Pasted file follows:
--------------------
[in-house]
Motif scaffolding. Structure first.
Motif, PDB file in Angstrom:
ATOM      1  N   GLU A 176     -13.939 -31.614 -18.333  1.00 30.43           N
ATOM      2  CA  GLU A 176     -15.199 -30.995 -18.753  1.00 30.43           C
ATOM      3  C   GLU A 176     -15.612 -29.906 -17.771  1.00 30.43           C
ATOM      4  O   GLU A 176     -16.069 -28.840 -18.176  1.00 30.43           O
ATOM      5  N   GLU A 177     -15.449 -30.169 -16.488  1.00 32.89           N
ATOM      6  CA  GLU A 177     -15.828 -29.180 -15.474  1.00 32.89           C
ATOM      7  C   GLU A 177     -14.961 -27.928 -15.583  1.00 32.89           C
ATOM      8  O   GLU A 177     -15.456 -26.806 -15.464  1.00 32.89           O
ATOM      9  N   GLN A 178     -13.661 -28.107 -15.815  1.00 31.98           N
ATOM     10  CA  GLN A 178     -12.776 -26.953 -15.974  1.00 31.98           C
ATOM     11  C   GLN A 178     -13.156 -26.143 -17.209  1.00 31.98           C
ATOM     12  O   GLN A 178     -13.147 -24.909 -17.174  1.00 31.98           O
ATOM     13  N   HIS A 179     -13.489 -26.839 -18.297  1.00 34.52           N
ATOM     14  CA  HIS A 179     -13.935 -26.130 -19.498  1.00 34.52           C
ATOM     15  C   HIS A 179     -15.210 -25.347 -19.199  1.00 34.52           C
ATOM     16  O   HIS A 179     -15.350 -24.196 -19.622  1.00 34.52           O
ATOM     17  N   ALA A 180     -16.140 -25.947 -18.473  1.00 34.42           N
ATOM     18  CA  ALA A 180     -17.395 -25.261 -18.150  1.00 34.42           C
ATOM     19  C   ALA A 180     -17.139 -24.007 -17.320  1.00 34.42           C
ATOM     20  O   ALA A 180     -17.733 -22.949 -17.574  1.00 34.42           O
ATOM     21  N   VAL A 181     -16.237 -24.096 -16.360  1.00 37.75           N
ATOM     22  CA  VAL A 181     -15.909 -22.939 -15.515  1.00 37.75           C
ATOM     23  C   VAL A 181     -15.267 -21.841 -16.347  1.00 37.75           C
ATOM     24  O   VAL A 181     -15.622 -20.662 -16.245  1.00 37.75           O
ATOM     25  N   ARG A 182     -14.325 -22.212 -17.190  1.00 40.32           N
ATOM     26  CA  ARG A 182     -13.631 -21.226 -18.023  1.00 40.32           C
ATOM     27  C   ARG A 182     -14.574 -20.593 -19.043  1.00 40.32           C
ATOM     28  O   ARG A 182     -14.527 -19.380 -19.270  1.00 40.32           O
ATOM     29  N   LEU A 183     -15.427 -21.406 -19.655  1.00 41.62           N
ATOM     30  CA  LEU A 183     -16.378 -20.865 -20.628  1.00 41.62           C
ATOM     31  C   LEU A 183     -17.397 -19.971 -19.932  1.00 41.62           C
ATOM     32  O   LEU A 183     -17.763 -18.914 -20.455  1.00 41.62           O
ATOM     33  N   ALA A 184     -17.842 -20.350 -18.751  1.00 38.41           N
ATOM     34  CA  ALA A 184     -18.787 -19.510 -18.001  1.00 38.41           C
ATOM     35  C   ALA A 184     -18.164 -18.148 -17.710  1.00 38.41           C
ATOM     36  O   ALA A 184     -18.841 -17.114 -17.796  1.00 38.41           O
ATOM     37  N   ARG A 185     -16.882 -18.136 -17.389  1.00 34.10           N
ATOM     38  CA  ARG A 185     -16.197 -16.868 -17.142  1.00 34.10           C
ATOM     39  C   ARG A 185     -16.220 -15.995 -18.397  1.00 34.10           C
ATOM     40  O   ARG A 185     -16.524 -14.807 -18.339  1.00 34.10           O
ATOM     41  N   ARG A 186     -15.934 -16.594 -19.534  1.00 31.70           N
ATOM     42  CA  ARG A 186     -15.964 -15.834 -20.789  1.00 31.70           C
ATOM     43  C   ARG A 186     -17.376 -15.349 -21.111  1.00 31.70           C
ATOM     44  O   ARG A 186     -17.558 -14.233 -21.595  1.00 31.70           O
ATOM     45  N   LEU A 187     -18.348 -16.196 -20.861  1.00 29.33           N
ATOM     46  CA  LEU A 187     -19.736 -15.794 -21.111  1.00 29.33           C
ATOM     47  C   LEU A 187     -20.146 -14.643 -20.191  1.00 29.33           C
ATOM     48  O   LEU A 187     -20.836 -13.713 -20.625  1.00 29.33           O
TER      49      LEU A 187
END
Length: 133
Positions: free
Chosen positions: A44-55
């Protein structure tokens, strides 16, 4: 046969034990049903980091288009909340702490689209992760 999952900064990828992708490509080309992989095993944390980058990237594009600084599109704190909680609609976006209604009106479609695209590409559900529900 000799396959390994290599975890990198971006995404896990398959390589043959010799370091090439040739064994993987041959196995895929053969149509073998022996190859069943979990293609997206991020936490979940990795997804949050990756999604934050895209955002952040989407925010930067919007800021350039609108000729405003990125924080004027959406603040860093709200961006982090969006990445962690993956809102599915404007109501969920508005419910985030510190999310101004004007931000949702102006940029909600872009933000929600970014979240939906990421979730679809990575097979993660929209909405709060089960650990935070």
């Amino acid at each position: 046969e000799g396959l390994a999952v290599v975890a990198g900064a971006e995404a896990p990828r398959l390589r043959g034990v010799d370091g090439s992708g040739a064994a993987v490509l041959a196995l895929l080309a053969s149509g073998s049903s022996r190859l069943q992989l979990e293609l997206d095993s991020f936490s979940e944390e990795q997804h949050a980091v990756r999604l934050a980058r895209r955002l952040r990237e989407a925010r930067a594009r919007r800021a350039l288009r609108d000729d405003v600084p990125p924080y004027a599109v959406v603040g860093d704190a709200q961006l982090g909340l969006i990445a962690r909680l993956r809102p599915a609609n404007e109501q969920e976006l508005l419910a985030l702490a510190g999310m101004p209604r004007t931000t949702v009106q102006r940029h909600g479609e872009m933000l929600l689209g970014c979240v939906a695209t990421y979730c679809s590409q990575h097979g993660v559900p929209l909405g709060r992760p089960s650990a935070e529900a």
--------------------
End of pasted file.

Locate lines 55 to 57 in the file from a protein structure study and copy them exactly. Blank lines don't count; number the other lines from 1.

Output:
Positions: free
Chosen positions: A44-55
């Protein structure tokens, strides 16, 4: 046969034990049903980091288009909340702490689209992760 999952900064990828992708490509080309992989095993944390980058990237594009600084599109704190909680609609976006209604009106479609695209590409559900529900 000799396959390994290599975890990198971006995404896990398959390589043959010799370091090439040739064994993987041959196995895929053969149509073998022996190859069943979990293609997206991020936490979940990795997804949050990756999604934050895209955002952040989407925010930067919007800021350039609108000729405003990125924080004027959406603040860093709200961006982090969006990445962690993956809102599915404007109501969920508005419910985030510190999310101004004007931000949702102006940029909600872009933000929600970014979240939906990421979730679809990575097979993660929209909405709060089960650990935070």